The best summations from around the blogosphere on the third and final Presidential debate:
After the first truly epic implosion in the first debate, Obama has clawed his way back in the following two, in my view. He has marshalled his arguments as potently as possible; he brought the themes of his candidacy together compellingly. His advantage on foreign policy will not, I think, diminish; it may well strengthen. And that is only just. After eight years of the most disastrous, misguided, immoral and a catastrophic foreign policy, Obama has brought the US back from the brink, presided over the decimation of al Qaeda, the liberation of Egypt, Tunisia and Libya, and restored America’s moral standing in the world.
For Romney, he made no massive mistakes. No Gerald Ford moments. And since the momentum of this race is now his, if now faltering a little, a defeat on points on foreign policy will be an acceptable result. But this was Obama’s debate; and he reminded me again of how extraordinarily lucky this country has been to have had him at the helm in this new millennium.
Romney’s presidential dream is going up in smoke before his eyes. He’s confused, and this foreign-policy subject is exactly wrong for his shifting-sands rhetorical strategy of late: the candidate in this debate wants to project stoic consistency, and he’s not doing that. On some questions he seems anxious to convince people that he’ll use force quickly, and on other questions he seems to be trying to say exactly the opposite. It’s rattling him and he’s stammering more than usual.
No one could love Israel more, care less about the Palestinians, put more pressure on Iran or be a greater fan of drone attacks or invading Libya. Both candidates agreed that America’s task was to spread freedom around the world: nobody mentioned Guantánamo Bay, Abu Ghraib or rendition. “Governor, you’re saying the same things as us, but you’d say them louder,” said Obama. It was a good line. The trouble was it condemned them both.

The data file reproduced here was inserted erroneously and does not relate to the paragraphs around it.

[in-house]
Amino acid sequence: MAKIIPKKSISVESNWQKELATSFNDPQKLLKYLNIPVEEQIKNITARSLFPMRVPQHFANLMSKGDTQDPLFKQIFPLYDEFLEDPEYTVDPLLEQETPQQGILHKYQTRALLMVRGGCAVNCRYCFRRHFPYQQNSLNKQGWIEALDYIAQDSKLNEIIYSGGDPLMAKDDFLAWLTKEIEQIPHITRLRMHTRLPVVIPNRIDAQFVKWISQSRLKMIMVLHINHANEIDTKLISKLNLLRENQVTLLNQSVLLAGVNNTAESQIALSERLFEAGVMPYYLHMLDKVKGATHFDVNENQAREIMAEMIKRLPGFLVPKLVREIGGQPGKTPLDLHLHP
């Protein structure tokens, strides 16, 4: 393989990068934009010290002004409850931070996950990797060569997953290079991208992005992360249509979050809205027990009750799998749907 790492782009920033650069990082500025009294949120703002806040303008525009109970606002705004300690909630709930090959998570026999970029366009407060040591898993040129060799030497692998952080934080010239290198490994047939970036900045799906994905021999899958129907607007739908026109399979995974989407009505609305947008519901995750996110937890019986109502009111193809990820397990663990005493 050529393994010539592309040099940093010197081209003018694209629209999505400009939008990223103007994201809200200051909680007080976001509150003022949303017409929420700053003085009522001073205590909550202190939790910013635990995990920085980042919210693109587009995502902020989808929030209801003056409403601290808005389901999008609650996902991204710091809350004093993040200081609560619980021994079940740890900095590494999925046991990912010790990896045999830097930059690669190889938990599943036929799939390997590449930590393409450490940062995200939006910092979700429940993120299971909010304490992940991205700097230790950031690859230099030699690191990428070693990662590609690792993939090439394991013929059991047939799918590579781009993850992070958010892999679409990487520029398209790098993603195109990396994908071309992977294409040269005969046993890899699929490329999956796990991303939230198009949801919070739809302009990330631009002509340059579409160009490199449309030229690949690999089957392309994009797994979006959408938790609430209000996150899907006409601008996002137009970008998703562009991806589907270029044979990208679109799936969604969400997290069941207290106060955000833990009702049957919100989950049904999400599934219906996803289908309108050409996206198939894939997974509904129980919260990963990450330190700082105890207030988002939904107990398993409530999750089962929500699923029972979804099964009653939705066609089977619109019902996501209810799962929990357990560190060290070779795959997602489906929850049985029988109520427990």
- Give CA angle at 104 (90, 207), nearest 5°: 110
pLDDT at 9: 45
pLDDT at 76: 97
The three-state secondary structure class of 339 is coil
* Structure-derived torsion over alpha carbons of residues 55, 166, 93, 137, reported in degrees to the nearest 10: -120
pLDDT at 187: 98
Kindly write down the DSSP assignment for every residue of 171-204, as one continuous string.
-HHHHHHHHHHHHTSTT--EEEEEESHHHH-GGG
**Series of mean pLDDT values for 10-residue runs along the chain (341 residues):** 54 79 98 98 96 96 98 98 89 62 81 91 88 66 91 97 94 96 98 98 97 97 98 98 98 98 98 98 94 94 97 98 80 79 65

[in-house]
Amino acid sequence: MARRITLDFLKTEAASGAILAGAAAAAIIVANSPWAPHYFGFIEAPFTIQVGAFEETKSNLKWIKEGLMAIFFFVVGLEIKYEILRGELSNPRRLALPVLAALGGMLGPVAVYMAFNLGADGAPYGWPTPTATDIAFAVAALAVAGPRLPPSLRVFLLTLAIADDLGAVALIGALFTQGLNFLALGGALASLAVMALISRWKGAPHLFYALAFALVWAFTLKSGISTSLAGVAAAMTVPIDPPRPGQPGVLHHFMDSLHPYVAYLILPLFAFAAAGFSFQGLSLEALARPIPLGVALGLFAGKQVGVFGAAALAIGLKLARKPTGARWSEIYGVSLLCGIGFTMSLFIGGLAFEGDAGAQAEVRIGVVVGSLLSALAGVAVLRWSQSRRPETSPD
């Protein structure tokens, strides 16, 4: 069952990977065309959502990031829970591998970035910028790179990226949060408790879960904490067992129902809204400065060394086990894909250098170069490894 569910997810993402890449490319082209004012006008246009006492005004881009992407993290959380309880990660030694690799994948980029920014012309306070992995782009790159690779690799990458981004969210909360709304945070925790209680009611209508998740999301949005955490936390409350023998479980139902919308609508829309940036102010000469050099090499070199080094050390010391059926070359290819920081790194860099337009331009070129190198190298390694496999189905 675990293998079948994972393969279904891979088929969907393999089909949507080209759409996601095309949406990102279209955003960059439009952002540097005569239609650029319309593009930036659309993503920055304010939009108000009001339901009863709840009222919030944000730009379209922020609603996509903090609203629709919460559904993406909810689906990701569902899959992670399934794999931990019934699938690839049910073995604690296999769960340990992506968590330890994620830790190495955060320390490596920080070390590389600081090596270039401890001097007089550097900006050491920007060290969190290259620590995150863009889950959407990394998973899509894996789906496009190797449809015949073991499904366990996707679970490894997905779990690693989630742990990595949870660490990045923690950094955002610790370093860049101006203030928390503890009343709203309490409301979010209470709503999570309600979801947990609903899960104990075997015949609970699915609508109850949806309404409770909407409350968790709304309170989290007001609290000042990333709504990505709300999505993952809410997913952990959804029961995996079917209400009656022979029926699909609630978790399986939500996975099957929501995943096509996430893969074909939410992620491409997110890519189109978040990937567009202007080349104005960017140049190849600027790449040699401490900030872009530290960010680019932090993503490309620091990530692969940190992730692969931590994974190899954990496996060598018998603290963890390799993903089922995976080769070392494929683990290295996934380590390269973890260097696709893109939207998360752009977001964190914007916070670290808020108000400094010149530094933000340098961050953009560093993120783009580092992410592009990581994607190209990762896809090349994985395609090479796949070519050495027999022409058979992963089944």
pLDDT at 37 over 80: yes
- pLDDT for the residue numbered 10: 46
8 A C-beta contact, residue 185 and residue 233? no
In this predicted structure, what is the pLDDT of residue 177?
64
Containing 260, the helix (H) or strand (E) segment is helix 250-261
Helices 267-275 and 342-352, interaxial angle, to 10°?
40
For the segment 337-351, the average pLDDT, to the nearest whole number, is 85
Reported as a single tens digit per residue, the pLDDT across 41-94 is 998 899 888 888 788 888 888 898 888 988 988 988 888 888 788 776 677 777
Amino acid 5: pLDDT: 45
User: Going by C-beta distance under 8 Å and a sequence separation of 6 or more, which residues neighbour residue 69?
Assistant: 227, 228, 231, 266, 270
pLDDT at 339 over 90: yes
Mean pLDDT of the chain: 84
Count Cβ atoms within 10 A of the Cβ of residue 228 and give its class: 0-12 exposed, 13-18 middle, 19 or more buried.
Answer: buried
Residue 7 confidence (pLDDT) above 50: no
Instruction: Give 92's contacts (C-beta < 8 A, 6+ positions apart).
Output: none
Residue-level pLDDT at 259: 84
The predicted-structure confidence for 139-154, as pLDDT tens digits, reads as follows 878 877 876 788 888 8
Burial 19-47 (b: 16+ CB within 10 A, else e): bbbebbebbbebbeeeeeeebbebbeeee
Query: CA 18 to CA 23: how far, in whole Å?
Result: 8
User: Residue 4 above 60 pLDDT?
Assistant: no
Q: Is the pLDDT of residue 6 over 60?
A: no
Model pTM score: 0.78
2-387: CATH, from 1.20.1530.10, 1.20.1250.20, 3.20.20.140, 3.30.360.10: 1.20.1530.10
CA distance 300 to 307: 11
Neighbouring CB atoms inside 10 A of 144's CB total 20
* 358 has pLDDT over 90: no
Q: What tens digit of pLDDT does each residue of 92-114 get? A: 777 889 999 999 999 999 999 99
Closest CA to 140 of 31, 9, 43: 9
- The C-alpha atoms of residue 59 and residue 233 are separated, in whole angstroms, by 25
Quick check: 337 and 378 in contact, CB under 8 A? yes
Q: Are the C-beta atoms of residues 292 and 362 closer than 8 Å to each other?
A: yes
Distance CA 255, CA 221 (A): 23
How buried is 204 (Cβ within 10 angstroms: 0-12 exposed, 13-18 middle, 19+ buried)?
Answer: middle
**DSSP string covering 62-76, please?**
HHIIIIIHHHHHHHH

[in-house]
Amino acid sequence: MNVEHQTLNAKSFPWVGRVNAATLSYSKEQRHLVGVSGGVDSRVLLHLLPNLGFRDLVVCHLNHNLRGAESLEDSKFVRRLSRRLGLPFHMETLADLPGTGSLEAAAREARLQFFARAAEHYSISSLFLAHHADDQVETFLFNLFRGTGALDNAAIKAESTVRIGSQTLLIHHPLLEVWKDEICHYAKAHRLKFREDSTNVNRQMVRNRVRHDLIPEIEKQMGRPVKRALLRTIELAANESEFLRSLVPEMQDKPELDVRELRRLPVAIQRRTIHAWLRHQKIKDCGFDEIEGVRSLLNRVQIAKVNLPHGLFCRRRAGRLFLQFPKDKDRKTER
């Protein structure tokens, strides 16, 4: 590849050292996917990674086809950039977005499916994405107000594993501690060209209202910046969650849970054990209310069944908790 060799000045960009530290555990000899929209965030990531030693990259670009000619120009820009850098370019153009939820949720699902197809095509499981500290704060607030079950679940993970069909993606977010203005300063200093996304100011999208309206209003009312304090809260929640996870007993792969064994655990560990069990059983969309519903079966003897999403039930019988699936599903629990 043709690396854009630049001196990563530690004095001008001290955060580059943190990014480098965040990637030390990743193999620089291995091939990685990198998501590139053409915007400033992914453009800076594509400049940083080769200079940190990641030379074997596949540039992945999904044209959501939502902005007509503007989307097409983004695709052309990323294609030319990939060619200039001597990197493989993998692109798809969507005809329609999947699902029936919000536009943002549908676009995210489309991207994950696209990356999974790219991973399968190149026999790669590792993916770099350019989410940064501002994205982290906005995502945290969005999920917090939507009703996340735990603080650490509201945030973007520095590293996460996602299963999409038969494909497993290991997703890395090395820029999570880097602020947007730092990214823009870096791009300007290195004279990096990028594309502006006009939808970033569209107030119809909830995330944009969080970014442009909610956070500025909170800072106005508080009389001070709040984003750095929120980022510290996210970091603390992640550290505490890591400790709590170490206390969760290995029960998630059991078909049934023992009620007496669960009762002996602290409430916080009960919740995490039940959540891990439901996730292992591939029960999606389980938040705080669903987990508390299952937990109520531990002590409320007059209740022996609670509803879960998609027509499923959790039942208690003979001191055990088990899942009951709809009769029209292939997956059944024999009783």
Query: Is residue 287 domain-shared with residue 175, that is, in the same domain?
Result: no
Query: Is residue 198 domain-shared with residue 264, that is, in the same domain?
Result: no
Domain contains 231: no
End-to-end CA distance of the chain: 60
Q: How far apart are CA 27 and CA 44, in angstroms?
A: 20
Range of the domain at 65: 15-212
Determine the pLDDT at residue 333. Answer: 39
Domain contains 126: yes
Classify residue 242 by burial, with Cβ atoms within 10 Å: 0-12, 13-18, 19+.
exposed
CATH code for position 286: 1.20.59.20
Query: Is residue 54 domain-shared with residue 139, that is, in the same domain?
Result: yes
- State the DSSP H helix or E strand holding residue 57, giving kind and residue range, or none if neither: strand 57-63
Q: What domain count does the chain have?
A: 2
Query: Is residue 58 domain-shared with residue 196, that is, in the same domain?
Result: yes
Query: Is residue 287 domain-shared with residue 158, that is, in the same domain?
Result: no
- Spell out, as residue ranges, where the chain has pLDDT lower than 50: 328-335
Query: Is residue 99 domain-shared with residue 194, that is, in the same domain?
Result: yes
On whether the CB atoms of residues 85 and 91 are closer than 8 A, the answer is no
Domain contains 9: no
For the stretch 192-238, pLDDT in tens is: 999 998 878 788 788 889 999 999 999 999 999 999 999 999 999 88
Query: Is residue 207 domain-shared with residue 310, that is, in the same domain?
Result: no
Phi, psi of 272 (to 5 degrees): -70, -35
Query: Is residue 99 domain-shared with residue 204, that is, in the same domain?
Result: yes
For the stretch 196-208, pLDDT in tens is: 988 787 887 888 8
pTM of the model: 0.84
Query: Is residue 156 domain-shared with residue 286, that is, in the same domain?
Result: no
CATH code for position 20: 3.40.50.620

That was just a wretched debate, with almost no redeeming qualities. It was substance-free, boring, and suffuse with empty platitudes. Bob Scheiffer’s questions were even more vapid and predictably shallow than they normally are, and one often forgot that he was even there (which was the most pleasant part of the debate.)
The vast majority of the most consequential foreign policy matters (along with the world’s nations) were completely ignored in lieu of their same repetitive slogans on the economy. When they did get near foreign policy, it was to embrace the fundamentals of each other’s positions and, at most, bicker on the margin over campaign rhetoric.
President Obama won the foreign policy debate, cleanly and decisively, on both style and substance. It was a clear a victory as Mitt Romney‘s in the first debate. And Romney lost in similar fashion: he seemed nervous, scattered, unconvincing–and he practiced unilateral disarmament, agreeing with Obama hither and yon…on Iraq (as opposed to two weeks ago), on Afghanistan (as opposed to interviews he’s given this fall), on Libya and Syria and Iran.
Mitt’s entire debate strategy: What he just said, but from a white guy.
Ben Cohen is the editor and founder of The Daily Banter. He lives in Washington DC where he does podcasts, teaches Martial Arts, and tries to be a good father. He would be extremely disturbed if you took him too seriously.